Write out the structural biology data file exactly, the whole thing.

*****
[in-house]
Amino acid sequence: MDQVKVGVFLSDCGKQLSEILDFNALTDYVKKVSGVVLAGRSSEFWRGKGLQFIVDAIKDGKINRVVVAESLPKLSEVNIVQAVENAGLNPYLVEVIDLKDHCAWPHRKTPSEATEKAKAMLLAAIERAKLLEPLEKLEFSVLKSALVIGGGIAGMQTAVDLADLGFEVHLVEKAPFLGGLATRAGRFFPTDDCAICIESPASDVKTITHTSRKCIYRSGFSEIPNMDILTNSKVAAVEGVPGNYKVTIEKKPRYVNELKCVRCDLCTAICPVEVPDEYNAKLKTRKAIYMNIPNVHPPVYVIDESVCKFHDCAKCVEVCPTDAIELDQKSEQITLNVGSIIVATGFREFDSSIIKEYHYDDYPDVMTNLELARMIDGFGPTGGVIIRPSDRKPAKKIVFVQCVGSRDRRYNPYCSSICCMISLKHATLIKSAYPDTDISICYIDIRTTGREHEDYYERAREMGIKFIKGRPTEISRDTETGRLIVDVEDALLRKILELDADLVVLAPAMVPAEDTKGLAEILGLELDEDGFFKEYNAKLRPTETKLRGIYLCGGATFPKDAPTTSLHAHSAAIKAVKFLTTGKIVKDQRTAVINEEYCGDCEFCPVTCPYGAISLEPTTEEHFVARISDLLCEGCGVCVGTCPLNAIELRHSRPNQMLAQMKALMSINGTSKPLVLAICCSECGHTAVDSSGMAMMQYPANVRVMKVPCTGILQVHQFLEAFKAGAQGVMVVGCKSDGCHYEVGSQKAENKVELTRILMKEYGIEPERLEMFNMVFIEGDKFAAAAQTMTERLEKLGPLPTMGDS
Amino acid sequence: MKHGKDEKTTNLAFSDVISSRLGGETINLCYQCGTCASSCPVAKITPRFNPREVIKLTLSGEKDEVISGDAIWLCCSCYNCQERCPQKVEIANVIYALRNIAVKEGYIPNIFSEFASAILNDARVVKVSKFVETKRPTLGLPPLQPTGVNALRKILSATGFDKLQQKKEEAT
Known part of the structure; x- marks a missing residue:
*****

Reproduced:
[in-house]
Amino acid sequence: MDQVKVGVFLSDCGKQLSEILDFNALTDYVKKVSGVVLAGRSSEFWRGKGLQFIVDAIKDGKINRVVVAESLPKLSEVNIVQAVENAGLNPYLVEVIDLKDHCAWPHRKTPSEATEKAKAMLLAAIERAKLLEPLEKLEFSVLKSALVIGGGIAGMQTAVDLADLGFEVHLVEKAPFLGGLATRAGRFFPTDDCAICIESPASDVKTITHTSRKCIYRSGFSEIPNMDILTNSKVAAVEGVPGNYKVTIEKKPRYVNELKCVRCDLCTAICPVEVPDEYNAKLKTRKAIYMNIPNVHPPVYVIDESVCKFHDCAKCVEVCPTDAIELDQKSEQITLNVGSIIVATGFREFDSSIIKEYHYDDYPDVMTNLELARMIDGFGPTGGVIIRPSDRKPAKKIVFVQCVGSRDRRYNPYCSSICCMISLKHATLIKSAYPDTDISICYIDIRTTGREHEDYYERAREMGIKFIKGRPTEISRDTETGRLIVDVEDALLRKILELDADLVVLAPAMVPAEDTKGLAEILGLELDEDGFFKEYNAKLRPTETKLRGIYLCGGATFPKDAPTTSLHAHSAAIKAVKFLTTGKIVKDQRTAVINEEYCGDCEFCPVTCPYGAISLEPTTEEHFVARISDLLCEGCGVCVGTCPLNAIELRHSRPNQMLAQMKALMSINGTSKPLVLAICCSECGHTAVDSSGMAMMQYPANVRVMKVPCTGILQVHQFLEAFKAGAQGVMVVGCKSDGCHYEVGSQKAENKVELTRILMKEYGIEPERLEMFNMVFIEGDKFAAAAQTMTERLEKLGPLPTMGDS
Amino acid sequence: MKHGKDEKTTNLAFSDVISSRLGGETINLCYQCGTCASSCPVAKITPRFNPREVIKLTLSGEKDEVISGDAIWLCCSCYNCQERCPQKVEIANVIYALRNIAVKEGYIPNIFSEFASAILNDARVVKVSKFVETKRPTLGLPPLQPTGVNALRKILSATGFDKLQQKKEEAT
Known part of the structure; x- marks a missing residue: